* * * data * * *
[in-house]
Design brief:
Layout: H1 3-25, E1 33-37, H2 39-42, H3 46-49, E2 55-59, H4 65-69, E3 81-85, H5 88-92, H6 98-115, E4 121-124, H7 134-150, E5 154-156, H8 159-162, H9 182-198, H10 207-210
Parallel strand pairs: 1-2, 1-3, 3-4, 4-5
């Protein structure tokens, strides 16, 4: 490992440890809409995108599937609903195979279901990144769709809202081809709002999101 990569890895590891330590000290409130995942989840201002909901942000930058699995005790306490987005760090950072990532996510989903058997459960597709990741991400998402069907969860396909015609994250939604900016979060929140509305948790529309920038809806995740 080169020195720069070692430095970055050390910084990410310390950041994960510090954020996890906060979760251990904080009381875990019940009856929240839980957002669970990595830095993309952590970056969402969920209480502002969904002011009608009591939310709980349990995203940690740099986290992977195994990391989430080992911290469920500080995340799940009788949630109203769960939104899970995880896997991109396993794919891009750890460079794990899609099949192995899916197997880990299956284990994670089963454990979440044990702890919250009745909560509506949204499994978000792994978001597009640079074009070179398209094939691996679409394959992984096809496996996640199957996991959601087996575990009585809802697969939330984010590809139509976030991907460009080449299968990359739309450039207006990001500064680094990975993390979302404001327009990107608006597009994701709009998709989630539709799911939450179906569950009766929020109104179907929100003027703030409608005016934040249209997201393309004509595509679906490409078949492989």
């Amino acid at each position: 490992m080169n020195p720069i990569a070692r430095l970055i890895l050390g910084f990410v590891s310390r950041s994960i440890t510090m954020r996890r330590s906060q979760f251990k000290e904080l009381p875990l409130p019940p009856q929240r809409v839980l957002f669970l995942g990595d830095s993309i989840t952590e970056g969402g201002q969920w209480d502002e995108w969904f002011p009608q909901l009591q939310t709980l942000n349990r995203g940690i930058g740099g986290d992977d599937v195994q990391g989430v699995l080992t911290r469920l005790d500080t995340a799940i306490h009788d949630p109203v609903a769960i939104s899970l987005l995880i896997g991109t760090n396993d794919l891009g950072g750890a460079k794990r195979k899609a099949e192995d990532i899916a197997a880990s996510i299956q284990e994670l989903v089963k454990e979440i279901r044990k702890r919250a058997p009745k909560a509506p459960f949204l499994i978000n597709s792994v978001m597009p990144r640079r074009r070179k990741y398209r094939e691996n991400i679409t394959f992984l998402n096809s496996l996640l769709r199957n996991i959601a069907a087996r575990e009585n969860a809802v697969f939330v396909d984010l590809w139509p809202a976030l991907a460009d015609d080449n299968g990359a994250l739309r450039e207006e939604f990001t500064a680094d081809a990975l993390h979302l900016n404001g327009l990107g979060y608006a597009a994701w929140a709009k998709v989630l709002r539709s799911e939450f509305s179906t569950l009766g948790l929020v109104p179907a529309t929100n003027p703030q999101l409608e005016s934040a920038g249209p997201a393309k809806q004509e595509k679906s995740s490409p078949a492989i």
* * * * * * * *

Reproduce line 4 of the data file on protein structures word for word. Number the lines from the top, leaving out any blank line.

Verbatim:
Parallel strand pairs: 1-2, 1-3, 3-4, 4-5